Friday, March 29, 2013

Peter 100 - Peter

At last, through sheer determination I have come to the end!

I can't say that I've enjoyed this project, in truth I haven't at all.   It's not me.  

I am just not comfortable with the "cold call" nature of the project, although  I am very happy to simply bowl up to a stranger and engage them in conversation, the need to photograph them takes very much secondary importance. 

Several of the people photographed in this series I count as very good friends now, but photographically I "cheated", I befriended them first and took photos later.

Others were candid shots which I took first then asked permission later.

Except for the first few dozen or so, few confirm to the strict rules of "introduce, ask permission and shoot" never to meet again.

BUT, I did learn a good deal.  

I learned to adapt my shooting style so that I can now without angst, compose almost any photograph in landscape format, so much so that now I rarely shoot portrait.  Previously that was almost a crutch that I used to get me out of tough compositional situations.

I understand the use of light so much better, but again in the strict terms of this project, I was never (almost never - see "Bill" or perhaps "Liz") able to contrive a situation with the natural light which would  enhance what I was attempting to do.

Mostly though, setting the camera became automatic - I don't panic any longer, and rarely make terrible mistakes.  I am so confident in that regard that I often take only single shots these days.

And the self portrait?  Well it's me alright, doing what I like to do best: travelling, while attempting to blend into the crowd  even though I sometimes rather stick out above it.   The photo is taken on the summit of the Stockhorn in Switzerland, camera characteristically at chest height (I rarely take photographs from a position above waist height, often much closer to the ground), trying to be anonymous.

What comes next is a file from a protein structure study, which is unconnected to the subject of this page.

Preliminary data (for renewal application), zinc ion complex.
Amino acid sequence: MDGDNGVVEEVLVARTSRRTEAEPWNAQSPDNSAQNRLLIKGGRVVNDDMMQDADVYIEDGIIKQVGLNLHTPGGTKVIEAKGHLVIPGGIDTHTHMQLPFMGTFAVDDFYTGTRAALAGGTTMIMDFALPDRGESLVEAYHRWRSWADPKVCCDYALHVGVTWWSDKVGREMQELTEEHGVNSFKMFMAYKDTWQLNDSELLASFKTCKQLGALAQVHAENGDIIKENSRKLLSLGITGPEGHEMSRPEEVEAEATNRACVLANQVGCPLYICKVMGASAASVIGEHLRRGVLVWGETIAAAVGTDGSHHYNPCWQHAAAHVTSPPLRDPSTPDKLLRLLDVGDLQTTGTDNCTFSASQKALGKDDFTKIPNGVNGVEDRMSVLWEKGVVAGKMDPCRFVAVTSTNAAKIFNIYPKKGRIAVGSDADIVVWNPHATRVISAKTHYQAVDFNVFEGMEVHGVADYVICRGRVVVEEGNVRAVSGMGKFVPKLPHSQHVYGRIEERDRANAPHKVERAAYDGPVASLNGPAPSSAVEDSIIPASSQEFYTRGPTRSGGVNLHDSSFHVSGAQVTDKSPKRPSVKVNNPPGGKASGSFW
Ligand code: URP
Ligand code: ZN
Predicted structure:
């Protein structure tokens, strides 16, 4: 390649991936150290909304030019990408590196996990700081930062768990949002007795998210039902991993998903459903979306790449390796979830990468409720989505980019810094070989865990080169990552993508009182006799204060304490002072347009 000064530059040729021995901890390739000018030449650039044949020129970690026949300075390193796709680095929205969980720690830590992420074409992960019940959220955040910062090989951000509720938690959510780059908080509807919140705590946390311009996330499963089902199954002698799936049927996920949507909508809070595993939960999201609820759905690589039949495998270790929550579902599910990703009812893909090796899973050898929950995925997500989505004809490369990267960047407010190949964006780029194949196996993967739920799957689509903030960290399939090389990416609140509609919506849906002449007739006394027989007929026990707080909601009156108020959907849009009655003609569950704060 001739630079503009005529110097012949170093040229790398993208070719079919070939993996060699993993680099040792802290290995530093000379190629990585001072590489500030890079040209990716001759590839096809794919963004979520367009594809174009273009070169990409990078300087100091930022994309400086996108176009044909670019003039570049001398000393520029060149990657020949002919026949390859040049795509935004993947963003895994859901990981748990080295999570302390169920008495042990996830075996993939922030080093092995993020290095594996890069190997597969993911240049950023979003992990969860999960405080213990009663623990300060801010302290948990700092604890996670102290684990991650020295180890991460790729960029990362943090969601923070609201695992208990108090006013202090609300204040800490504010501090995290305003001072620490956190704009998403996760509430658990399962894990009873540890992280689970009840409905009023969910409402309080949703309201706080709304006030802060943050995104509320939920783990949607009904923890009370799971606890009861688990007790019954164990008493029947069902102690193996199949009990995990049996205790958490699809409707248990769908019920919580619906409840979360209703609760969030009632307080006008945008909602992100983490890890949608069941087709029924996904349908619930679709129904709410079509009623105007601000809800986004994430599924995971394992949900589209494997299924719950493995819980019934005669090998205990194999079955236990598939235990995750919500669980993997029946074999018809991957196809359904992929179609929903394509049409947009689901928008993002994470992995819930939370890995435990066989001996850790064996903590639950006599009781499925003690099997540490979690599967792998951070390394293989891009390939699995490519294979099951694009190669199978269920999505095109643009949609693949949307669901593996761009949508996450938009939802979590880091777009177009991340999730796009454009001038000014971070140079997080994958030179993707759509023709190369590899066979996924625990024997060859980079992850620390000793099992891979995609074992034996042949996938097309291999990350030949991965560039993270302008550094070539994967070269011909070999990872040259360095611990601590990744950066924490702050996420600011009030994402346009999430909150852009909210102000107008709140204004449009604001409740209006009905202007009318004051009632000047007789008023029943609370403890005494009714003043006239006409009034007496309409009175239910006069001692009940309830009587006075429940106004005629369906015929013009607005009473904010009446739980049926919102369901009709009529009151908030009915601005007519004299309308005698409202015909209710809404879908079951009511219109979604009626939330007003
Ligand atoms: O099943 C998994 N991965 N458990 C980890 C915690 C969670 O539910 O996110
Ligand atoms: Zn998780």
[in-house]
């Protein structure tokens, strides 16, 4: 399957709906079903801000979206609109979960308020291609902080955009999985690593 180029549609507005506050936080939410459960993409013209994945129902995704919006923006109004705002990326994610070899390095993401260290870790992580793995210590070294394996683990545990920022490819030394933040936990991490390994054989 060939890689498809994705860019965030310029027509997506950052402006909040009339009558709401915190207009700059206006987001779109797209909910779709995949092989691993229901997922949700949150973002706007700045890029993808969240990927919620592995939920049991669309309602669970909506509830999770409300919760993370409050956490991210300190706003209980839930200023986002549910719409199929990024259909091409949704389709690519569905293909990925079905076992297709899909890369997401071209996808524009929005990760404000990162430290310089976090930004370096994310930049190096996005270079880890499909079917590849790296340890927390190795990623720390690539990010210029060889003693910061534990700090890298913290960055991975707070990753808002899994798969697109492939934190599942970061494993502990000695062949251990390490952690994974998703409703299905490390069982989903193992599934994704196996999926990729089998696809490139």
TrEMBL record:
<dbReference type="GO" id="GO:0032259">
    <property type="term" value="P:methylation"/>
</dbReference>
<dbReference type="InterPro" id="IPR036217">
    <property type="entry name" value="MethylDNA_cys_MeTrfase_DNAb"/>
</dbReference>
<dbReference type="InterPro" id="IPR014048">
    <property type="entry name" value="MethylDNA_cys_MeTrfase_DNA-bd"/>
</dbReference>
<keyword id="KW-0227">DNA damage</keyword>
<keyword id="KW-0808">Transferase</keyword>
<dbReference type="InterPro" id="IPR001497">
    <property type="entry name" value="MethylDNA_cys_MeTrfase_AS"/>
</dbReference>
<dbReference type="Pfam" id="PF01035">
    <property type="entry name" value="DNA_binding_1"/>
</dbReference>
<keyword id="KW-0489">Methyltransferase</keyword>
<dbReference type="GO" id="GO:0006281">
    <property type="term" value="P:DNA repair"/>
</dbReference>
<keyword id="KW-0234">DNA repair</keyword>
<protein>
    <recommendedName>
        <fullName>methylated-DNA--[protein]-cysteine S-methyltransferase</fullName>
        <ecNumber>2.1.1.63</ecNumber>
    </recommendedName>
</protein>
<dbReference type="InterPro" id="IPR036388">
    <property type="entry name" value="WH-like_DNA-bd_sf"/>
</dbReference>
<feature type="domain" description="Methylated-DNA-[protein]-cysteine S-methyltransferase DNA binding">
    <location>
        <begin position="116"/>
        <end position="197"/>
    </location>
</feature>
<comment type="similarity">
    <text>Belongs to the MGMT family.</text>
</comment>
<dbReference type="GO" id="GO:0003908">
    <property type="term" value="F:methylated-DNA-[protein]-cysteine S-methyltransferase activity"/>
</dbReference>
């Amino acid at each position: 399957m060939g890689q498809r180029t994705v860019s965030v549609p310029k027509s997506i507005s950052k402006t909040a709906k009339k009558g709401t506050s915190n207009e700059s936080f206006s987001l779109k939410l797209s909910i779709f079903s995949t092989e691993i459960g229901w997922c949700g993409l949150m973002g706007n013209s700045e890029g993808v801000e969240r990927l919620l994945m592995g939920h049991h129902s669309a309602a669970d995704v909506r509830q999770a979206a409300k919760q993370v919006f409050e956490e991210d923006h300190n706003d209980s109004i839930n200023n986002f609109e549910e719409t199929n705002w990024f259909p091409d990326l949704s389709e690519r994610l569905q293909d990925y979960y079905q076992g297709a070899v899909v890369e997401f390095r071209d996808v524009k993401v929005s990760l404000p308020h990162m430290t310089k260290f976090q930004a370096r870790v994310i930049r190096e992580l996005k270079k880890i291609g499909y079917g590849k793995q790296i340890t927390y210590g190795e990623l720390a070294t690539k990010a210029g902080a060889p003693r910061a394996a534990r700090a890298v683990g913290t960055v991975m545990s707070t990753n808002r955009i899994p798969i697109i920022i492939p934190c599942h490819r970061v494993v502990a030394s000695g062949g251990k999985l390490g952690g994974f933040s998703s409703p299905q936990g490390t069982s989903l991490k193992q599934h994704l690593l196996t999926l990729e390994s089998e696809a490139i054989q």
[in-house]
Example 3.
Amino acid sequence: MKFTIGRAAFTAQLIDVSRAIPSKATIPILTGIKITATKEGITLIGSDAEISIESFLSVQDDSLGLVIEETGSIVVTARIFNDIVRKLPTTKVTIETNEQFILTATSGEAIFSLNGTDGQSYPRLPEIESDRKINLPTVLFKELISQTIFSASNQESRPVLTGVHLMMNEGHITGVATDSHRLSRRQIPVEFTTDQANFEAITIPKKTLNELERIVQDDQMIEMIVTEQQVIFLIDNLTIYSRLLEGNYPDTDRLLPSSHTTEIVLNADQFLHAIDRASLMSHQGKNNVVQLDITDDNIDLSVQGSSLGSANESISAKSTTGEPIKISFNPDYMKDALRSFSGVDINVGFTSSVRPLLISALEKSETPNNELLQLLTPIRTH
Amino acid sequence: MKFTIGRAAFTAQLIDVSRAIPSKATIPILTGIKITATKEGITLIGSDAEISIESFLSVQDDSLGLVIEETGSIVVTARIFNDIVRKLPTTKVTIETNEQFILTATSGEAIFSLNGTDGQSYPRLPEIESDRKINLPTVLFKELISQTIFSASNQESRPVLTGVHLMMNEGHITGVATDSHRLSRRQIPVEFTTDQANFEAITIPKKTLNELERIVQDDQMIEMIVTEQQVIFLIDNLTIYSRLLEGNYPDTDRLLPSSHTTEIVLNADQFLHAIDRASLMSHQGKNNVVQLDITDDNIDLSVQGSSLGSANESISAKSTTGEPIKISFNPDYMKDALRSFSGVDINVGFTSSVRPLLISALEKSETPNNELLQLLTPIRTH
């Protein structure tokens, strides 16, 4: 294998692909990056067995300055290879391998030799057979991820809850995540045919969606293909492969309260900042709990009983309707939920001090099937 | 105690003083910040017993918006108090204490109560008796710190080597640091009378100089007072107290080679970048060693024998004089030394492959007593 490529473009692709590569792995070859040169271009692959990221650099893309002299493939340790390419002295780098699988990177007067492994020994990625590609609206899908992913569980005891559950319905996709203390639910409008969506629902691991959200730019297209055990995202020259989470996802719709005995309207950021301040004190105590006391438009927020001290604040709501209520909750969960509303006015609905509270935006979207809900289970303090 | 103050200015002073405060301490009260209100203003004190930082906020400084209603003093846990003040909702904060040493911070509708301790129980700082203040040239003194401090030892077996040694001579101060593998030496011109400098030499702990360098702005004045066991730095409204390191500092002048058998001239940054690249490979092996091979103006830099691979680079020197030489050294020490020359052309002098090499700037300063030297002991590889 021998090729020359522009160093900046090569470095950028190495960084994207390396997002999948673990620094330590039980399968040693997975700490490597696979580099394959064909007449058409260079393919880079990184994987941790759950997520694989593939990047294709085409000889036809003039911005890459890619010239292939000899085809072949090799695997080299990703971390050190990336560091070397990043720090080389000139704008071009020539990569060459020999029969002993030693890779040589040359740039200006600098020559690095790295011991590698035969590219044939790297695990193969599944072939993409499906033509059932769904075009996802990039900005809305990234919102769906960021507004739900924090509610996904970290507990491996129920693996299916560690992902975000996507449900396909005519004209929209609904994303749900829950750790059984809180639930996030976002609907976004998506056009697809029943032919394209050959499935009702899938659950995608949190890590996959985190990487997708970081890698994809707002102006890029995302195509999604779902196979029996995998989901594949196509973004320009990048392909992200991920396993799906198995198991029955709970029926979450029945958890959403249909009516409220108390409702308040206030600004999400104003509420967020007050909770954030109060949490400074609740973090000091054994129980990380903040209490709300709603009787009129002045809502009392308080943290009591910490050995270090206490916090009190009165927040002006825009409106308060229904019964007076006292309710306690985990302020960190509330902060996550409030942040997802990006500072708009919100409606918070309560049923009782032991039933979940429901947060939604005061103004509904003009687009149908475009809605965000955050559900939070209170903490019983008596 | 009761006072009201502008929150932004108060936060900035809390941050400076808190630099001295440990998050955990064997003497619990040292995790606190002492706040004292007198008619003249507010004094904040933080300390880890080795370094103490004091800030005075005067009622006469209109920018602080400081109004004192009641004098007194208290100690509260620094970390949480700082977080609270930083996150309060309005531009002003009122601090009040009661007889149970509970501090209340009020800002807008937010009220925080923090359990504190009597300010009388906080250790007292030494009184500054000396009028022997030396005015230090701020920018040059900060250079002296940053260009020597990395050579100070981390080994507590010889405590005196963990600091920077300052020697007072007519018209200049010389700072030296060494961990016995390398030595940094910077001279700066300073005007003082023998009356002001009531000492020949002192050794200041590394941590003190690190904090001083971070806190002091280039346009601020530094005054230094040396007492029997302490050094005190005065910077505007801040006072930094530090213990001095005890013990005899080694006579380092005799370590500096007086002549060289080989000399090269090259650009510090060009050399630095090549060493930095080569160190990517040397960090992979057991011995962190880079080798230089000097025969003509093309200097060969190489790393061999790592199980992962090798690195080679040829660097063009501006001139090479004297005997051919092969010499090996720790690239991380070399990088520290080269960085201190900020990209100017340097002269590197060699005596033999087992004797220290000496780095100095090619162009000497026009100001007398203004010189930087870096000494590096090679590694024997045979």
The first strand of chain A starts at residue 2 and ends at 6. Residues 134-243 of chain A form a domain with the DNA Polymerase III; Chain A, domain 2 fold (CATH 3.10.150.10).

It is one of the wonders of the modern world that we go to such great lengths to protect our anonymity, or "privacy", then post our photographs on the world wide web for universal scrutiny!

Thanks Ann, Julie and Cara for all the support you have given on the way through.  This is me sighing a great sigh of relief and shouting…



Pierre BOYER said...

Great !


cara said...

Wow. Well done, Peter. I wish I could be mentally jogging around in circles at the top of the steps with a towel around my neck, celebrating with you but I haven't found it any easier to ask people for their picture. I don't consider myself a shy person at all. I guess I just don't like the suspicious looks I get when I ask. Having said that, I was at a fundraiser the other day and the local magazine asked me to take some snaps for the social pages. I was really comfortable with that because people knew what the photo was for and were happy for me to point a camera in their faces.

I'm interested that you take photos from chest height. I'd never noticed that.

Congratulations on reaching the top. It's been a long climb!

bitingmidge said...

Yes Cara, there's a big difference I think between wearing the "guise" of some sort of official capacity, and just bowling up to people with selfish purpose!

The former I even enjoy!

Hope to see a few more of yours here eventually!

Ann said...

Congratulations! I'm so surprised that you say you didn't enjoy the exercise and didn't consider yourself very good at it. I learnt so much from studying what you did and consider you a far better photographer than me. The interesting thing for me was how willing and how flattered complete strangers were to have their photo taken. They were bemused but I didn't get too many rejections. I get much more suspicion when I try street photography, which is difficult with a big camera. It never occurs to me to hold it low and use the screen, always feel more comfortable looking through the viewfinder. It also surprises me that you mostly shot that way. Mind you, because you are tall, your chest shots would be from my normal perspective :)